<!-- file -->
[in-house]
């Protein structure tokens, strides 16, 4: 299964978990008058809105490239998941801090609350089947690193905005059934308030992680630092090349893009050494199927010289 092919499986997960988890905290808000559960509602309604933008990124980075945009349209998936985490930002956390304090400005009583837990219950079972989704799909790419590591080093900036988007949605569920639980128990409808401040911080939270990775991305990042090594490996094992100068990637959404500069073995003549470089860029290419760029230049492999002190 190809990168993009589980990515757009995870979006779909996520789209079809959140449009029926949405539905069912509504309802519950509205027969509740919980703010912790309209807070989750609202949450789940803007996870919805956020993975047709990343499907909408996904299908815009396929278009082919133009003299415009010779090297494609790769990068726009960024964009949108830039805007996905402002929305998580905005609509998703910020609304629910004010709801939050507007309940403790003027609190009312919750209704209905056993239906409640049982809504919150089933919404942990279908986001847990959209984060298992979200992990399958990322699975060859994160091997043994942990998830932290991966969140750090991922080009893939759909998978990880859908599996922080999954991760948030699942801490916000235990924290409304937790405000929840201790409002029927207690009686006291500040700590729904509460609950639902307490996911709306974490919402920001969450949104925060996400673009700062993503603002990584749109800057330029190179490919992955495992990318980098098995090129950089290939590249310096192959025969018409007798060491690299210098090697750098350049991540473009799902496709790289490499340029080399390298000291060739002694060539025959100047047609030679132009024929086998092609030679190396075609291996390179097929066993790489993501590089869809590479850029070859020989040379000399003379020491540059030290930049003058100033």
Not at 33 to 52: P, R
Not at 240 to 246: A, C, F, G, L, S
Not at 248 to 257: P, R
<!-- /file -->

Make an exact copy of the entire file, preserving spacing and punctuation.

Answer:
[in-house]
């Protein structure tokens, strides 16, 4: 299964978990008058809105490239998941801090609350089947690193905005059934308030992680630092090349893009050494199927010289 092919499986997960988890905290808000559960509602309604933008990124980075945009349209998936985490930002956390304090400005009583837990219950079972989704799909790419590591080093900036988007949605569920639980128990409808401040911080939270990775991305990042090594490996094992100068990637959404500069073995003549470089860029290419760029230049492999002190 190809990168993009589980990515757009995870979006779909996520789209079809959140449009029926949405539905069912509504309802519950509205027969509740919980703010912790309209807070989750609202949450789940803007996870919805956020993975047709990343499907909408996904299908815009396929278009082919133009003299415009010779090297494609790769990068726009960024964009949108830039805007996905402002929305998580905005609509998703910020609304629910004010709801939050507007309940403790003027609190009312919750209704209905056993239906409640049982809504919150089933919404942990279908986001847990959209984060298992979200992990399958990322699975060859994160091997043994942990998830932290991966969140750090991922080009893939759909998978990880859908599996922080999954991760948030699942801490916000235990924290409304937790405000929840201790409002029927207690009686006291500040700590729904509460609950639902307490996911709306974490919402920001969450949104925060996400673009700062993503603002990584749109800057330029190179490919992955495992990318980098098995090129950089290939590249310096192959025969018409007798060491690299210098090697750098350049991540473009799902496709790289490499340029080399390298000291060739002694060539025959100047047609030679132009024929086998092609030679190396075609291996390179097929066993790489993501590089869809590479850029070859020989040379000399003379020491540059030290930049003058100033």
Not at 33 to 52: P, R
Not at 240 to 246: A, C, F, G, L, S
Not at 248 to 257: P, R